@Linda: thanks for the feedback, and congratulations. Would you say this was all worth you time, and do you see value in Sure Step beyond Microsoft Partner Program requirements?



    2. HARSHA

      Hi linda/vjeko,

      Please share me the link for e learning for MB5 858,

      1. Vjeko

        Sorry, Harsha – I don’t have the link to any e-learning for Sure Step. The link for the proficiency assessment is included in this post.

  4. I am about to take the Sure Step exam and was wondering if I “have to” take a course, and even though it seems to be doable without the course, this blog entry helped clarify a few things.

    Thank you very much Vjekoslav !:-)

    1. Vjekoslav Babic

      @Søren: I’m glad that it helped. Good luck at the exam, and please let me know how it went.

  5. Ronnie

    I am preping for the Sure Step exam and appreicate the tips/notes provided here. One question, you reference “Sure Step methodology guidance with Additional Resources / Information Flow – Key Documents” several times as being important. Where exactly can I find this material? Is this the user guide or some other document as I cannot seem to find a document(s) with this name. I appreciate the answer.

    1. Vjekoslav Babic

      @Ronnie: Click on Sure Step Methodology, make sure you are in Reference, in the tree view on the left side, click on Additional Resources, and first item below is Information Flow – Key Documents.

  6. Astrid

    Dear Vjekoslav,
    many thanks for your post – extremely helpful! I passed the exam on friday! Astrid

    1. Vjekoslav Babic

      @Astrid: I’m glad this info helped you pass the exam. Congratulations!

  7. Soren

    Dear Vjeko,
    As one of the students at the above mentioned course in Aarhus I just wanted to give you feedback as you requested: I just passed the exam last week:) This post was very helpful in the preparation process – especially because it is now a few months since the course, so I used it as a reminder.

    1. Vjekoslav Babic

      Soren, congratulations for passing the exam, and thanks for the comments. I hope the knowledge you gained helps you in your business.

  8. Susanne Max

    Hi Vjeko! Just wanted to let u know that both Ilone and I passed the Sure Step exam today 🙂 And it´s all thanks to u -ur an excellent teatcher!! BIG THANKS!! /Susanne Max

    1. Vjekoslav Babic

      Susanne, congratulations to both of you! I’m glad to know that the training was good, and I hope you now get a chance to put Sure Step to use 😉 Good luck!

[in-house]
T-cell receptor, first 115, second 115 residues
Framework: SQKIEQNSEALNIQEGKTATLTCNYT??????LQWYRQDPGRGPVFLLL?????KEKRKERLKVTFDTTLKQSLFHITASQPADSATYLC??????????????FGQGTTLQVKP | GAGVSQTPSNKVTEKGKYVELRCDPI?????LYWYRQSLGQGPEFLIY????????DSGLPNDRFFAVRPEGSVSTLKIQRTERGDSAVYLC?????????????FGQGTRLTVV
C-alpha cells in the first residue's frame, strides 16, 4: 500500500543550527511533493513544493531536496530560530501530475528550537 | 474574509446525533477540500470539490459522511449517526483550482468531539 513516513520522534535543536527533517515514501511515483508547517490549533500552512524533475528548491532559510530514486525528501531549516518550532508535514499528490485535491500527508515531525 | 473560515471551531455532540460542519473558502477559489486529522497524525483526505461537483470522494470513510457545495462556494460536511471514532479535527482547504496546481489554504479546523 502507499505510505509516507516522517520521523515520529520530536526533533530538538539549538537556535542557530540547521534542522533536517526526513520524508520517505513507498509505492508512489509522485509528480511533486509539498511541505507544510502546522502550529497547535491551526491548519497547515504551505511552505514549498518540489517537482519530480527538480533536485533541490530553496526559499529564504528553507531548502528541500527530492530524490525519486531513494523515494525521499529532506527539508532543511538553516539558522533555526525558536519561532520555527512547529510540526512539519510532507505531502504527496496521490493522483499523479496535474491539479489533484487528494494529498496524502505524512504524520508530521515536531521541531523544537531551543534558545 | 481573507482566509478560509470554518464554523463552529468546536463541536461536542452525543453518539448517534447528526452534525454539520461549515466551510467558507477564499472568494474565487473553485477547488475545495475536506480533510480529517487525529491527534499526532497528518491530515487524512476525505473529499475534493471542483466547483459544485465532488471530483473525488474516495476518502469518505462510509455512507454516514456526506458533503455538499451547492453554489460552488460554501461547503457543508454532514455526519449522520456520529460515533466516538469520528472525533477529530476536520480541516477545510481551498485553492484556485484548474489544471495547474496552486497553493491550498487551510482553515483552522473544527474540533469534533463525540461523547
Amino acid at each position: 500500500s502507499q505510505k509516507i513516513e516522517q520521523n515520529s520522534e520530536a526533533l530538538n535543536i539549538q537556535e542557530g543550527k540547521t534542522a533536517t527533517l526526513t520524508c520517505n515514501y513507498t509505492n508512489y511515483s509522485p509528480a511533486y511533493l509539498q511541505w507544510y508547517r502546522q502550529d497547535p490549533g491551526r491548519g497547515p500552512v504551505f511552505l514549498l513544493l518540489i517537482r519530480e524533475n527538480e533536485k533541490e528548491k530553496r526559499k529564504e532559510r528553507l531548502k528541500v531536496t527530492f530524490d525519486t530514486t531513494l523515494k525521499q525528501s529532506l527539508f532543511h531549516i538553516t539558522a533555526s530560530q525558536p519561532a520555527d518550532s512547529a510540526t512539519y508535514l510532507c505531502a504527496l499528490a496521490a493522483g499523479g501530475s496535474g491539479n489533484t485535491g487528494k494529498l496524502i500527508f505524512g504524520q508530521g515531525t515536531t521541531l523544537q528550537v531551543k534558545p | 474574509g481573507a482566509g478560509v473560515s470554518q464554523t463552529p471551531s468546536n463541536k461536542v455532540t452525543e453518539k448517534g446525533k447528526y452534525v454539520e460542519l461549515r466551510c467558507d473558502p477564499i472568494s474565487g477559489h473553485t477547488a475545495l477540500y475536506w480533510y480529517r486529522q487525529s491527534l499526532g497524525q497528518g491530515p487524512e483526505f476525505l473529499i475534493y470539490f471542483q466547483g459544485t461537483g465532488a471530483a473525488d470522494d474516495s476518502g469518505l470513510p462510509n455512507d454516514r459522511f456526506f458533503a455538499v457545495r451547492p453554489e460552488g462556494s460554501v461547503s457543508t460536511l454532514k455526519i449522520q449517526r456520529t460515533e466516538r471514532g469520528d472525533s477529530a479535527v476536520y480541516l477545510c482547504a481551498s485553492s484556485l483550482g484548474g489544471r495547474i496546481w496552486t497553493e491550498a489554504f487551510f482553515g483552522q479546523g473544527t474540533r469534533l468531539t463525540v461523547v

9. Cean lystrup

    Hi vjeko.
    So finaly home again, from Sweden. Thanks for a great boot Camp.
    I cant say that is was a walkover but in the end the result was great.
    3 of us passed the test. unfortunely its All the C5 guys who passed. morten must try again, which came as a big surprise. So your story about WHO passes the test and who fails is now out of date 🙂

    Just want you to know that you did a great job as instrutor af the course.

    So even IF the surestep is out of range regarding dynamics C5, i belive that we Can use a light version to our projects.

    1. Vjekoslav Babic

      Hi Cean – and congratulations for your score! I’m really glad you guys passed, and I’m sorry that Morten didn’t make it – but I am sure he will pass next time. I’m also truly glad that you are setting the bar high for future C5 candidates – there are no more excuses for them 😉 Enjoy the fruit of your work, and drop by. Good luck!

  10. Sheri Ibbotson

    Did you provide the Student training manuals and the SSZIP files to your students during your “Project Management using Sure Step” courses?

    1. Vjekoslav Babic

      Sheri: Yes, I did provide the student training manuals, and the SSPZIP file you ask about is a part of those manuals (they are present on the accompanying CD).

  11. Sheri Ibbotson

    Do you deliver your courses online and if so can I attend one of your courses?

    1. Vjekoslav Babic

      Sheri: no, I personally do not deliver these courses. Please check http://www.plataan.be/ if you want to learn more about the courses for Dynamics. I am partnering with those guys for any course deliveries I do.

  12. harsha


    I wanted take up the MB5 858 course, how can i contact you. I am in india, is it possible? and if yes how much does it cost.


    1. Vjeko

      Hi Harsha,

      You can always contact me through this blog. But I don’t know what kind of help you are expecting. A training? A consultation? Please let me know.



  13. Hi Vjeko. thanks for your post here. I am just wondering if you know anything about TailSpinToys_CRM.SSPZIP ?? It is in the SureStep course work but I cant work out how to open the files, any ideas?


    1. Vjeko

      You can open it with the Sure Step application. I am not sure, though, if it is still supported or even downloadable from PartnerSource.